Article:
Queen Victoria was known as the ‘Grandmother of Europe’ – she had 34 grandchildren survive into adulthood, and they would go on to rule the majority of Europe. The irony of World War I is that the three major players – George V of Britain, Tsar Nicholas II of Russia and Kaiser Wilhelm II of Germany – were cousins.
The future German emperor, Wilhelm II, was a frequent visitor to England as a child. Son of Victoria’s eldest child, Vicky, he was made a Knight of the Garter on his 18th birthday. As he grew older, he became more distant from his British relatives.
Despite this, he rushed to be by his grandmother’s side when she was close to death. Lucy Worsley suggests this may have been to do with an expected legacy rather than being a doting grandson: “I think the reason he was assiduous at turning up was because he felt that he ought to inherit her role as the leader of Europe, whereas his uncle, the future Edward VII, obviously thought he was going to inherit it. The Kaiser kept turning up because he thought he was better than his uncle.”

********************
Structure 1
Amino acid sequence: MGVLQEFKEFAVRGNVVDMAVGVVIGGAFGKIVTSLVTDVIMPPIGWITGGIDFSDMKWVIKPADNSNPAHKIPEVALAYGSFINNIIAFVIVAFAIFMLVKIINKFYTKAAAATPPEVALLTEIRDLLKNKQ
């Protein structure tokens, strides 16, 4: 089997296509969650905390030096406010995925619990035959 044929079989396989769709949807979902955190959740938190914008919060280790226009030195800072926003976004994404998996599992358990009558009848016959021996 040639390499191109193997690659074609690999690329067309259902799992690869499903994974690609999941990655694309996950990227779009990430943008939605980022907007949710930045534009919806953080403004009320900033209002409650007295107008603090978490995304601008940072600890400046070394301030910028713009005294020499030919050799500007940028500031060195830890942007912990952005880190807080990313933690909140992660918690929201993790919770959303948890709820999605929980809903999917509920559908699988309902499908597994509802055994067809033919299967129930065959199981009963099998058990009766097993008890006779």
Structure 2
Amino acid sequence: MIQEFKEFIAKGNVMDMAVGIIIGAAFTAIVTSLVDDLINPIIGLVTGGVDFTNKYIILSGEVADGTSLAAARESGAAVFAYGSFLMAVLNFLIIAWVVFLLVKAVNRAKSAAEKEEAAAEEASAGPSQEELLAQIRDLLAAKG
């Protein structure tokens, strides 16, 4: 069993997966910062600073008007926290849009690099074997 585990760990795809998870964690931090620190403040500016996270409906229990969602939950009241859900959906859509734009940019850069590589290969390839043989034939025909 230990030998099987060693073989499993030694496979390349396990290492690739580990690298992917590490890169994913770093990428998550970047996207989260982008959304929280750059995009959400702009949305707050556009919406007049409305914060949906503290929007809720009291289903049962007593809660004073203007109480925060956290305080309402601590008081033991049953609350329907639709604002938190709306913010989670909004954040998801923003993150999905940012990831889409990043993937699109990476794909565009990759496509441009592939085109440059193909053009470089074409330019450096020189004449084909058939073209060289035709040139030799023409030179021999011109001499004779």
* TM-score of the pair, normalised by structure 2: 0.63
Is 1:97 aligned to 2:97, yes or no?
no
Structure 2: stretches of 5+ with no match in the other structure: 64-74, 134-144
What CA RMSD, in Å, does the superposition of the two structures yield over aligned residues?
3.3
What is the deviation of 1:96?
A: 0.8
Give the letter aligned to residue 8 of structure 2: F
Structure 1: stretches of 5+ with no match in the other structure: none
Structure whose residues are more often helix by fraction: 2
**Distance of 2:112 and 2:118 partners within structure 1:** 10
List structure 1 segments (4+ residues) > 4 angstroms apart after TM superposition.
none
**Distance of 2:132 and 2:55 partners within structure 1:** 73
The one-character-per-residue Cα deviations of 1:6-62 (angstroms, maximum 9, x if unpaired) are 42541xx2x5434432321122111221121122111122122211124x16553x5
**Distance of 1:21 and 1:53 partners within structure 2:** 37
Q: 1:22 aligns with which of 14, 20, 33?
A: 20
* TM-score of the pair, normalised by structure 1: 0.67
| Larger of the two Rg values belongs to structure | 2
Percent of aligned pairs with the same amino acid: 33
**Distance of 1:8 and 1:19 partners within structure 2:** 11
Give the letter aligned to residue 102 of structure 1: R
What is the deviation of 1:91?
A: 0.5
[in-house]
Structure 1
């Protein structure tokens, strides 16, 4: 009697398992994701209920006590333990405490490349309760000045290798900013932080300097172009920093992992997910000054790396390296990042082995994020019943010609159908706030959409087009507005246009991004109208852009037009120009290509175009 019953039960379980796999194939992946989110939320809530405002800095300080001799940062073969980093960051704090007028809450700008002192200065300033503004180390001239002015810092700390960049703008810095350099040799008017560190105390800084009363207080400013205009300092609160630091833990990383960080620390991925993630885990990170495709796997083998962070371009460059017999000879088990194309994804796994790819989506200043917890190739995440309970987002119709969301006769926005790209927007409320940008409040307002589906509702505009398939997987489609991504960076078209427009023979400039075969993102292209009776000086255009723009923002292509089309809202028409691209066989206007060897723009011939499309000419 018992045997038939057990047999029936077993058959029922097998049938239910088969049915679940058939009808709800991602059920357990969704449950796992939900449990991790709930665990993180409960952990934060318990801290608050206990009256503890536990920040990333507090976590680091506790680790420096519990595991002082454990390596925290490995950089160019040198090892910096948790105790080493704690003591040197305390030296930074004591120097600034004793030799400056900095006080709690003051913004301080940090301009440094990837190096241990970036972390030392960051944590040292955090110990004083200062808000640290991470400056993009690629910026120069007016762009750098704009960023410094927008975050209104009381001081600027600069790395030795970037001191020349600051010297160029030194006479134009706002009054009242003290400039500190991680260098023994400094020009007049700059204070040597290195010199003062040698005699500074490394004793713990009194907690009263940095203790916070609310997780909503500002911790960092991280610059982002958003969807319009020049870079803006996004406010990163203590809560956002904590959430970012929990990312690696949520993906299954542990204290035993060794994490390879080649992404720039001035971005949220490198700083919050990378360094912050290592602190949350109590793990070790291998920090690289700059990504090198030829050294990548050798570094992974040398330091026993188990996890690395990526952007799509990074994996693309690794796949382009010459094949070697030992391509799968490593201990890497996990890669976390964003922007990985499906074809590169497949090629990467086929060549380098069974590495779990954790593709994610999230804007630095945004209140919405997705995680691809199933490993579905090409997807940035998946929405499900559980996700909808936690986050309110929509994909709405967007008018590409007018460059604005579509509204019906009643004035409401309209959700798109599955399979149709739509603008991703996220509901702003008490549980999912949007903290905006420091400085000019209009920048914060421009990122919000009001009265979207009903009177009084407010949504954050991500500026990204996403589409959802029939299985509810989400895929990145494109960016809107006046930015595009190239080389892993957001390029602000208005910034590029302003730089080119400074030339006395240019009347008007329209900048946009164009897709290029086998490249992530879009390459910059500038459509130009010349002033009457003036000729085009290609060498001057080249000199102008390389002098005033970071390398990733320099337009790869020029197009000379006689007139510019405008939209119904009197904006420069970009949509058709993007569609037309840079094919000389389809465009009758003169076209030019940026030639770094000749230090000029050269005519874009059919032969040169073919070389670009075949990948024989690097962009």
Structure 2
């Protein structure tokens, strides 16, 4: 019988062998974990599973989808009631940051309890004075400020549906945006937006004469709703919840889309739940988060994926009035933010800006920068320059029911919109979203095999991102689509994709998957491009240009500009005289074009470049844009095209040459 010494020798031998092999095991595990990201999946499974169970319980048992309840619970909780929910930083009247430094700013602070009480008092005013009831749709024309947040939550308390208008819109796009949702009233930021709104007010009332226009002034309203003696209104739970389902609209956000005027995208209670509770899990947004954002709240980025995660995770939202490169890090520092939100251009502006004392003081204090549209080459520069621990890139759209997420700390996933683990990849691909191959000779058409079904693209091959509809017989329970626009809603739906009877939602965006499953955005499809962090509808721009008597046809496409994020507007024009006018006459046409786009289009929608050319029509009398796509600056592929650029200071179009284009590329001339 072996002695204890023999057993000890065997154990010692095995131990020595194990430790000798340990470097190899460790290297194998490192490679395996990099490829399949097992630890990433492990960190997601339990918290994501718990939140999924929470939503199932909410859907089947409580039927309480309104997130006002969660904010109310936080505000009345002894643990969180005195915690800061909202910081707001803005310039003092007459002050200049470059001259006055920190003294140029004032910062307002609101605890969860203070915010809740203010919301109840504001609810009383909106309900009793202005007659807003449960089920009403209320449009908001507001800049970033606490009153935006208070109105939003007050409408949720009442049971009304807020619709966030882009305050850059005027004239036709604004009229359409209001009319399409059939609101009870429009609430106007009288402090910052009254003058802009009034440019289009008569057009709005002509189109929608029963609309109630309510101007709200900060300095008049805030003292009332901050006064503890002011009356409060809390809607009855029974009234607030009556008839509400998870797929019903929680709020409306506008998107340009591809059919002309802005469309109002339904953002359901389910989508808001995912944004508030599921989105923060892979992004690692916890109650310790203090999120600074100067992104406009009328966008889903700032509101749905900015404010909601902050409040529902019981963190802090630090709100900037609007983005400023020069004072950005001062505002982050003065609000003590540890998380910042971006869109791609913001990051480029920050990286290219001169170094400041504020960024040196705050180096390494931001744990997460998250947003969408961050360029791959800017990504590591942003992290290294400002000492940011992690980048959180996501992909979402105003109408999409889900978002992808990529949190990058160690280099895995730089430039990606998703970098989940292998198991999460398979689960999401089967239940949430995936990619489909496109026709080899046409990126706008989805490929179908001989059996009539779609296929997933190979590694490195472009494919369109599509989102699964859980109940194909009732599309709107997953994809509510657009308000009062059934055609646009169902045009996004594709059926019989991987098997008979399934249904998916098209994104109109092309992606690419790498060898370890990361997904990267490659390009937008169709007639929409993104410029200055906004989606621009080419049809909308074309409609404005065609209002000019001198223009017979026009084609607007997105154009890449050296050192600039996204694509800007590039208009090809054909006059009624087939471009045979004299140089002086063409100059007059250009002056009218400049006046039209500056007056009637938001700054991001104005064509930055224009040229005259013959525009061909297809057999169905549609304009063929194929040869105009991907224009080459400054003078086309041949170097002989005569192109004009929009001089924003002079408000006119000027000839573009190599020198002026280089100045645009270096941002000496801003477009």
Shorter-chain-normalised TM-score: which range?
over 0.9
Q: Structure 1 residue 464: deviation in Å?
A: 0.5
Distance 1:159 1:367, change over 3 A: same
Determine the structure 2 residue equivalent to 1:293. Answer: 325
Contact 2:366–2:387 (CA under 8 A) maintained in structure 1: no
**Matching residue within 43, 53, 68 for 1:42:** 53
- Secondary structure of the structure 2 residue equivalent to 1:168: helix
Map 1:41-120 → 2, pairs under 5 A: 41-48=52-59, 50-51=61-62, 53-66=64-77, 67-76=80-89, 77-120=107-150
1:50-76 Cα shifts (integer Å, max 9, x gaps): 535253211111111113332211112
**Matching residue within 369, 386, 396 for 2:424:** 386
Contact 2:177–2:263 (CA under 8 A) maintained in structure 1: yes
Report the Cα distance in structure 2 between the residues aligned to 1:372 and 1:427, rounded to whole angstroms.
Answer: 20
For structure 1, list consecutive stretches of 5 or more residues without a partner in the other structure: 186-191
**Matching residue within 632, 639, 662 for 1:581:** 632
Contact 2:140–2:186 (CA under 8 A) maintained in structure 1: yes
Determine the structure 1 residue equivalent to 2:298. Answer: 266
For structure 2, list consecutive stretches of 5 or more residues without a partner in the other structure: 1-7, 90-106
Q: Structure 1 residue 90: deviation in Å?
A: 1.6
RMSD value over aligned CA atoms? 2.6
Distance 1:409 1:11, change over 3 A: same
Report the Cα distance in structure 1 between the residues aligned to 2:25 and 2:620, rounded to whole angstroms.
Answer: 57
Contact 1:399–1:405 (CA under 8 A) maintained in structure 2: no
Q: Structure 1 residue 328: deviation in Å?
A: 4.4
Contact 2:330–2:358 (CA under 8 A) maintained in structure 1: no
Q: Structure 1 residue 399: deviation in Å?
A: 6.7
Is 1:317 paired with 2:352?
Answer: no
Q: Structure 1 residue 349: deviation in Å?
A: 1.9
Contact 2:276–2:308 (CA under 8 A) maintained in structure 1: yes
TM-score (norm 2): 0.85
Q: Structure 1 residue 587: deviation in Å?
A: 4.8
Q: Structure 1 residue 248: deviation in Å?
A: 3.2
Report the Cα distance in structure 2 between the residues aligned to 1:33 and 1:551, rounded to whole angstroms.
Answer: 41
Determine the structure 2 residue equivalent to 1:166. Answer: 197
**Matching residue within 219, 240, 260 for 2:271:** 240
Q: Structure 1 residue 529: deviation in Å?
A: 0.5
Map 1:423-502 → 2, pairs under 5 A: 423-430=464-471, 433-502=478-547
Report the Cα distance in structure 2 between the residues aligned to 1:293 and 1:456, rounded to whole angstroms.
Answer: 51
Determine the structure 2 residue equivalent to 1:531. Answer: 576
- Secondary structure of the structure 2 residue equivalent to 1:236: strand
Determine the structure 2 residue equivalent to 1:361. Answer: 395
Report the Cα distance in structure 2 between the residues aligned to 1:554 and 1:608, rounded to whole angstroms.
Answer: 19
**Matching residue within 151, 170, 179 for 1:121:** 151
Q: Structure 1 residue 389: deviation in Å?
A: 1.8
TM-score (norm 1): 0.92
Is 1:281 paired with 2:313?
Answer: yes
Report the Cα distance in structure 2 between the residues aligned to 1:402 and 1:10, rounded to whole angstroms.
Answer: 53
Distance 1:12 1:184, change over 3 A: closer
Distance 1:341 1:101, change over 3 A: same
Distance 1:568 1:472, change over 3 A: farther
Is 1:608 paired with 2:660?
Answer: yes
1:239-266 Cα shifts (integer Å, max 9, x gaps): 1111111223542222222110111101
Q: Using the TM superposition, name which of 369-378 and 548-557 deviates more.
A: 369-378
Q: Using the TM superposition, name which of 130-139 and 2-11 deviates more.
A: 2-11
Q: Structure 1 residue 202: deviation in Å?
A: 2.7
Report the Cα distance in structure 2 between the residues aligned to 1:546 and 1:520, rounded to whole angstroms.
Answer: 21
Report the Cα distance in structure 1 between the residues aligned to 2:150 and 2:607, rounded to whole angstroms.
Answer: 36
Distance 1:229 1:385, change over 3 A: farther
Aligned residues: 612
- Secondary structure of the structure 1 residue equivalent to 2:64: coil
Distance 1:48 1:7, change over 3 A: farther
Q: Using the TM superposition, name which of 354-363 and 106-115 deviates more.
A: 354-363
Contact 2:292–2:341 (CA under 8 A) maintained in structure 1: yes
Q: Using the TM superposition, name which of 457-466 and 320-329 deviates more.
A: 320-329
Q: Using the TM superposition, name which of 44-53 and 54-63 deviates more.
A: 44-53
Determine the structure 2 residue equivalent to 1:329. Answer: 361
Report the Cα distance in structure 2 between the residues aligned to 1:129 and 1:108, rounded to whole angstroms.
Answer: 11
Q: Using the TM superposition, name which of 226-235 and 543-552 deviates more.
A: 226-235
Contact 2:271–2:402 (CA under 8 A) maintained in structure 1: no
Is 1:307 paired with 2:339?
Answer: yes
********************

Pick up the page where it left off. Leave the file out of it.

But it’s unlikely Victoria could have done anything to prevent her family’s squabbles turning into worldwide chaos if she’d lived longer. Tensions across Europe had been bubbling away for many years.
Read more about the ties between Queen Victoria’s grandchildren.
Lucy Worsley is a familiar face on British TV screens having presented a host of history programmes. Her latest book is Queen Victoria: Daughter, Wife, Mother, Widow.
This Q&A was first published in the May 2019 issue of BBC History Revealed